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Stonewalling RTI Act

Sentinel Digital DeskBy : Sentinel Digital Desk

  |  27 Sep 2015 12:00 AM GMT

The Right to Information (RTI) is something many government departments in Assam are not at all comfortable with. Large sections of high-handed and corrupt officials would like to go about in secretive manner if they can, for obviously they have much to hide. This deep-rooted contempt for the people’s right to know, comes out clearly in figures recently furnished by State Chief Information Commissioner (CIC) Himangshu Sekhar Das. In the past ten years, the Commission has received over 10,000 applications, of which 5,826 are pending. Departments against whom the number of complaints, about not providing information to RTI applicants, are highest — include Panchayati Raj and Rural Development, Agriculture, Food and Civil Supplies, Revenue, Social Welfare, Education and Forest. The aversion to providing information is so pervasive that most government websites are not even updated. According to the State CIC, even the relatively simple task of keeping departmental websites regularly and thoroughly updated would keep the number of RTI applications substantially down. This is because many RTI applicants actually desire routine, straightforward information, which ought to be easily available online. This would also be in accordance with Section 4 of the RTI Act which stipulates that every public authority should maintain all its records duly catalogued and indexed in a manner facilitating the right to information, and ensure that all records appropriate to be computerised are done so, and provided pro-actively to the public at regular intervals through various means of communications, including the internet. Significantly, the State CIC has mentioned that a section of people also misuse the RTI Act for the purpose of ‘blackmail’, which seems an indirect admission that some government officials are willing to pay handsomely to keep mouths shut! Still, blackmailers masquerading as RTI activists need to be dealt with firmly, and the gaon police recently bbed one such miscreant on the basis of a complaint filed by the Information Commission itself. The State CIC does not see the need to amend the RTI Act, though he believes the rules may be changed to make the ‘disposal of information faster and more accurate’. Setting a target of disposing 2,500 cases annually, he claims that the implementation of the RTI Act has brought in more transparency and has affected the decision-making process of the government in a ‘positive’ way. However, the Assam RTI Forum, the People’s Rights Forum (PRF) and other information seekers have been regularly complaining about the way the State government gives short shrift to the Information Commission by keeping it toothless. Manning the Commission mostly with retired bureaucrats or officials on temporary basis has limited its effectiveness. Chief Minister Tarun Gogoi has often claimed credit that Assam was one of the first states in the country to have its own RTI Act in 2002 even before the Central Act came into force three years later. But the rapidly increasing number of appeals to the State Information Commission shows that government authorities here care least about providing information in response to RTI applications, because they know there is none above to pull them up. Information is either blatantly denied or furnished in such a manner that it is virtually useless.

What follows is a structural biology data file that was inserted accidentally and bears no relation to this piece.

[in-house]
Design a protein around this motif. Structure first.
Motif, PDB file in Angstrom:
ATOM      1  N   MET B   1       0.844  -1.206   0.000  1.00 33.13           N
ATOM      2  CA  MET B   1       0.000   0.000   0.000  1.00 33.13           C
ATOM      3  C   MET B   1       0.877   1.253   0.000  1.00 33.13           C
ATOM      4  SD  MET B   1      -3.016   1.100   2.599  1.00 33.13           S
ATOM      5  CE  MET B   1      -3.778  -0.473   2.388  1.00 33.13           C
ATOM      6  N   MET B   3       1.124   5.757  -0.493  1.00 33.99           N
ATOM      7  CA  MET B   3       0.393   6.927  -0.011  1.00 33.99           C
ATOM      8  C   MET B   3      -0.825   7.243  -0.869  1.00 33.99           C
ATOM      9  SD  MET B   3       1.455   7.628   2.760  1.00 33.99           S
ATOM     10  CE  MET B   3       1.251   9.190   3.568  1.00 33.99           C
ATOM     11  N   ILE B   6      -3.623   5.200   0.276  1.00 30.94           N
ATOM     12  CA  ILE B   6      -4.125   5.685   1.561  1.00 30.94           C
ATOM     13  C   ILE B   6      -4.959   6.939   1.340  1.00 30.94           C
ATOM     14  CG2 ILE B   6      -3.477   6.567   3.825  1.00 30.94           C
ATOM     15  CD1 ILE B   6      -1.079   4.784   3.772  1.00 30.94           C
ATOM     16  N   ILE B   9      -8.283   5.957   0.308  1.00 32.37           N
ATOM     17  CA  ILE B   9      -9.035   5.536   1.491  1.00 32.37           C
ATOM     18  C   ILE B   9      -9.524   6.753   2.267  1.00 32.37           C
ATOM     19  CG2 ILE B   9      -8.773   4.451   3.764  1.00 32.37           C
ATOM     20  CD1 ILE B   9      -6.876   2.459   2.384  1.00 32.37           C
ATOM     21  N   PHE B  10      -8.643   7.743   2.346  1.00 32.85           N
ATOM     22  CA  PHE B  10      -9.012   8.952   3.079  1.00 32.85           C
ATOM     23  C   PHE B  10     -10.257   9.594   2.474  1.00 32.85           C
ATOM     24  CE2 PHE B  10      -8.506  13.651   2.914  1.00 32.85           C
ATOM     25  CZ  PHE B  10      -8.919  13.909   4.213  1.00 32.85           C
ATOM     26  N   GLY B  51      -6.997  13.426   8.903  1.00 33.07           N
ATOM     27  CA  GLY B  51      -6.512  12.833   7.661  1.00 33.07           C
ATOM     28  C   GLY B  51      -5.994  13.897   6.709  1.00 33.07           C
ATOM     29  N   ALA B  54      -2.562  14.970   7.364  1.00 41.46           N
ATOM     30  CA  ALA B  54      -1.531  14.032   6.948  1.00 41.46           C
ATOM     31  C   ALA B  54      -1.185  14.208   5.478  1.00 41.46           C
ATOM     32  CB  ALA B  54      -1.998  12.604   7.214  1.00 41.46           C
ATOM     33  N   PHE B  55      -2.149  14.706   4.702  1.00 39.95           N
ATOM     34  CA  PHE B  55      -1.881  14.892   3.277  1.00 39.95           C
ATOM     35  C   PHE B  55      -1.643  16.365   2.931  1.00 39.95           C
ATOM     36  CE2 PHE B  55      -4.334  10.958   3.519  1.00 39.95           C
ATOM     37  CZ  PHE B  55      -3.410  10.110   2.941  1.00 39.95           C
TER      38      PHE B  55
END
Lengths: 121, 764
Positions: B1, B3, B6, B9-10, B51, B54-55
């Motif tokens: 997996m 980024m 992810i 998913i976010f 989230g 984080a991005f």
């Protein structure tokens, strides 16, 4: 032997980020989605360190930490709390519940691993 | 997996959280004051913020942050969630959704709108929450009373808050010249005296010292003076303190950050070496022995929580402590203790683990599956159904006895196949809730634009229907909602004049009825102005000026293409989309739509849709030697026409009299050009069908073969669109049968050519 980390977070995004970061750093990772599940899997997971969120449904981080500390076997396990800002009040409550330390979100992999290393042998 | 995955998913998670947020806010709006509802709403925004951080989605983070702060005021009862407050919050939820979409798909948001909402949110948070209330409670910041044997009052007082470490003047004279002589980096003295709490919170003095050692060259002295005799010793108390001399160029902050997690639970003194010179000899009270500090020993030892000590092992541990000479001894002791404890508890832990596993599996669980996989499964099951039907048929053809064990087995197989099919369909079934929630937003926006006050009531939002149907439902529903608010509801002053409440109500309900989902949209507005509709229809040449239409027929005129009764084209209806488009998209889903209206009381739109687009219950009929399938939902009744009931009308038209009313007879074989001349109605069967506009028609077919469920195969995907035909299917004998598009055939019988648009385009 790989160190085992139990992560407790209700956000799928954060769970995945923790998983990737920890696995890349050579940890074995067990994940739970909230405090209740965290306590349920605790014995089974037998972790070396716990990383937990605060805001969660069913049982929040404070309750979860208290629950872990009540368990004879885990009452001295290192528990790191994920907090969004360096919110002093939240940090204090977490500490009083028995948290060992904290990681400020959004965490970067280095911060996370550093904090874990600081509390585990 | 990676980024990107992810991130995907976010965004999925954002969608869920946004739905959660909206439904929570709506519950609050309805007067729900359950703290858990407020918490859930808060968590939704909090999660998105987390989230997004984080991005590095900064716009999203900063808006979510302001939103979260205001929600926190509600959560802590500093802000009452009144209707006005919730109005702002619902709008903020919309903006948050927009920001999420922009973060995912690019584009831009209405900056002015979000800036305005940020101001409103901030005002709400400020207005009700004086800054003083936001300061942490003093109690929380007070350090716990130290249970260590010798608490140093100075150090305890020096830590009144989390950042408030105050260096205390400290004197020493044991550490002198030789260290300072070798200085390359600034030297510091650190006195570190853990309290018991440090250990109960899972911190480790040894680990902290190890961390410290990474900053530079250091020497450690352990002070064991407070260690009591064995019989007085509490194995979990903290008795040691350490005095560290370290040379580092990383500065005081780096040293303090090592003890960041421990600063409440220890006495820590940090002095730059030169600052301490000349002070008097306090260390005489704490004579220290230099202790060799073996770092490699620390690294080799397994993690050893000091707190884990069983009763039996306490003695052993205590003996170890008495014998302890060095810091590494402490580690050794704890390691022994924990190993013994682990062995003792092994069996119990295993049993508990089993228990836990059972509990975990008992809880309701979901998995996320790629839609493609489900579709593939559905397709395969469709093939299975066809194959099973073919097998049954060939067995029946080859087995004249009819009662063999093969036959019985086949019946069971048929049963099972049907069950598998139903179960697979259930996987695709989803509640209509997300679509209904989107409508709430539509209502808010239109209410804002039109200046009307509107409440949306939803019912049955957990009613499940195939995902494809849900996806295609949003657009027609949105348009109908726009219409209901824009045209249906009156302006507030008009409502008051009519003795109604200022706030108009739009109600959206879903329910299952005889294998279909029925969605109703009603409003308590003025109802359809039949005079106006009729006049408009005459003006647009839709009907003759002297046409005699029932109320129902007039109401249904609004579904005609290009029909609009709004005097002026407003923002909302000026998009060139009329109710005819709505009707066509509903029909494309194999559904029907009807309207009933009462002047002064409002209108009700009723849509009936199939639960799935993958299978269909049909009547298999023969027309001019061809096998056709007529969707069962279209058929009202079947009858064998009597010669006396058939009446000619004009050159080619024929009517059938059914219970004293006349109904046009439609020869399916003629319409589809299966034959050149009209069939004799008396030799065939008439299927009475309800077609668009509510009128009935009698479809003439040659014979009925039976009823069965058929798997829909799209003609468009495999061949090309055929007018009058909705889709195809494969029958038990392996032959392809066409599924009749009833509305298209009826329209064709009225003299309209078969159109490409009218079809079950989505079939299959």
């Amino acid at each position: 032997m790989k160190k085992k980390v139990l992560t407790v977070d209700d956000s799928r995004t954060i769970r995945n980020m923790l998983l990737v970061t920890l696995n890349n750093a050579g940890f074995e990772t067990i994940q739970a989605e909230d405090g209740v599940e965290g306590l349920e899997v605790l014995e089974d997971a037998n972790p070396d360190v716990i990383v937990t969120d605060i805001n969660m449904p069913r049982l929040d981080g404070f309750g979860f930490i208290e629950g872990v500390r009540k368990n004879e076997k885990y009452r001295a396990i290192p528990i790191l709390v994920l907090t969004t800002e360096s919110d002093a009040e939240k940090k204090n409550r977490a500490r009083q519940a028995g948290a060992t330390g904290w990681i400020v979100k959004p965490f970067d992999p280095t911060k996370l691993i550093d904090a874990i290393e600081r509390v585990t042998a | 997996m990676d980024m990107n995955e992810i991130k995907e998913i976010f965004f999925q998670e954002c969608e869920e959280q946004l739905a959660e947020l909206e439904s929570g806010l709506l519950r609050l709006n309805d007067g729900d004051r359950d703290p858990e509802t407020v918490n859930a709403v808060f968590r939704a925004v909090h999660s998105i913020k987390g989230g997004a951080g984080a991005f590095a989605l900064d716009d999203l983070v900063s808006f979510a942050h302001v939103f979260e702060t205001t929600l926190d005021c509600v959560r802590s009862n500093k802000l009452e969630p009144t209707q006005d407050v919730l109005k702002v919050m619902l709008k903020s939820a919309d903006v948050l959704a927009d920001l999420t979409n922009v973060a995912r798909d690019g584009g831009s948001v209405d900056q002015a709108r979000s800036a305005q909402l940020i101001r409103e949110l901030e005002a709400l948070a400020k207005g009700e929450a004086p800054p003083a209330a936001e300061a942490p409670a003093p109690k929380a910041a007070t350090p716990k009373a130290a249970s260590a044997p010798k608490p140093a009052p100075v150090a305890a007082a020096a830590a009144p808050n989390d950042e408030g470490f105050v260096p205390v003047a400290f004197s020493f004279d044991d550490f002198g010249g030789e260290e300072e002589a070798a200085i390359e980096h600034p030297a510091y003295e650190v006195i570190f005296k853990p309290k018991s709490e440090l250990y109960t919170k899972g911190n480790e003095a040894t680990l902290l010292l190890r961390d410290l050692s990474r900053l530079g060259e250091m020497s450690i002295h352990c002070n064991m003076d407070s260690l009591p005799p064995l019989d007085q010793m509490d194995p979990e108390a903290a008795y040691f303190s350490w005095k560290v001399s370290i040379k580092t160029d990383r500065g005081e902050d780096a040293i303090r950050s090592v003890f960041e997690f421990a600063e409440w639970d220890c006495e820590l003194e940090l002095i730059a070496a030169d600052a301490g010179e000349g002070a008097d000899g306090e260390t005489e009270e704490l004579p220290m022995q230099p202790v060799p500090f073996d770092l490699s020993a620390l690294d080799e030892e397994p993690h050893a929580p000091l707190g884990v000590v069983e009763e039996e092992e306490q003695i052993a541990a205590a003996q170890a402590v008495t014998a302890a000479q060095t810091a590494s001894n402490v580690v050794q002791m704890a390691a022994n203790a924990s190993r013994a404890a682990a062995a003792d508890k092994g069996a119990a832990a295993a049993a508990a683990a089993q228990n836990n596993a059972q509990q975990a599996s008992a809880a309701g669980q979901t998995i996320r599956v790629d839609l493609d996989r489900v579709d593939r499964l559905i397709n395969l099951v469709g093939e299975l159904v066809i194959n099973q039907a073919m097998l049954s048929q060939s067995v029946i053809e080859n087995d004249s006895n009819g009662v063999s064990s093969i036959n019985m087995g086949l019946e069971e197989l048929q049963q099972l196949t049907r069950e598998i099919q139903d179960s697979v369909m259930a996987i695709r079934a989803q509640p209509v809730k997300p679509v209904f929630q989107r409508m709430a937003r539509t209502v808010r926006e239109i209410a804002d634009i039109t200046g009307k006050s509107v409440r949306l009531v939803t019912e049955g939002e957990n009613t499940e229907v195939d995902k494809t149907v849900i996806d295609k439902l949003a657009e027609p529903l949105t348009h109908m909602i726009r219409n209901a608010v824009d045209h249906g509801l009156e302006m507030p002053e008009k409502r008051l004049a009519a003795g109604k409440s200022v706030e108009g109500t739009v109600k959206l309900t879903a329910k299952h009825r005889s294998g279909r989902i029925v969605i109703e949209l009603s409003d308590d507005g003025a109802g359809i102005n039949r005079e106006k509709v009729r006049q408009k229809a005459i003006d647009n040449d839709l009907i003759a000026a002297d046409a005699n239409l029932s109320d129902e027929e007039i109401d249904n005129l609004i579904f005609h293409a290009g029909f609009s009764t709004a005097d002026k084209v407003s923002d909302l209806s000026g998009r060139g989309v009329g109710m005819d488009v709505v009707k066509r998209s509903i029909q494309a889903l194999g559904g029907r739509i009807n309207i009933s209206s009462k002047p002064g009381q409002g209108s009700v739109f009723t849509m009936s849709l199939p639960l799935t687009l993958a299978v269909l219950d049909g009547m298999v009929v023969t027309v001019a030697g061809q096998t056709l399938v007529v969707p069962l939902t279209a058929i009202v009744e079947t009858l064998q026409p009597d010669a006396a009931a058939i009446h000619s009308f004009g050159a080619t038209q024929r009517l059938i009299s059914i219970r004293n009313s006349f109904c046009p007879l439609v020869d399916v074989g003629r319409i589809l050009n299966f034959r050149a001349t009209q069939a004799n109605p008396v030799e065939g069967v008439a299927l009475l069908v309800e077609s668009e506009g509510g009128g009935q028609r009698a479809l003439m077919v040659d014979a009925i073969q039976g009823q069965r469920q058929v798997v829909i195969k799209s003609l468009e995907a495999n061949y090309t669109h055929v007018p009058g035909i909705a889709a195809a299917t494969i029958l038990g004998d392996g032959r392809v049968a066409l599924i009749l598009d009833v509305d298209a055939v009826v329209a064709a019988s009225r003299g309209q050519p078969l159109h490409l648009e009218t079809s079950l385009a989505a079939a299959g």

How an alert citizenry defends and uses its right to information will determine how much public authorities can be kept at bay in trying to blunt the RTI Act. When Parliament ected this law in June 2005, Congress president Sonia Gandhi drew praise for her role in pushing an enlightened legislation — that was expected to open up to public scrutiny a governmental culture swearing by the Official Secrets Act which the British had enforced way back in 1923. But it did not take long for the UPA government itself to develop misgivings about the RTI Act, particularly when scams like the 2G scam broke. None less than Prime Minister Manmohan Singh in 2011 loudly complained about ‘concerns’ like RTI Act’s potential to ‘discourage honest, well-meaning public servants from giving full expression to their views, adversely affecting deliberative processes in the government, and flooding a public authority with requests for information having no bearing on public interest’. That the rendra Modi government too is ambivalent and guarded about RTI has been borne out by its tough stand against information on public domain in several spheres, leaving the Central Information Commission headless for months on end till recently, and speaking up for many political parties in the Supreme Court that the RTI Act must not be applicable upon such parties.

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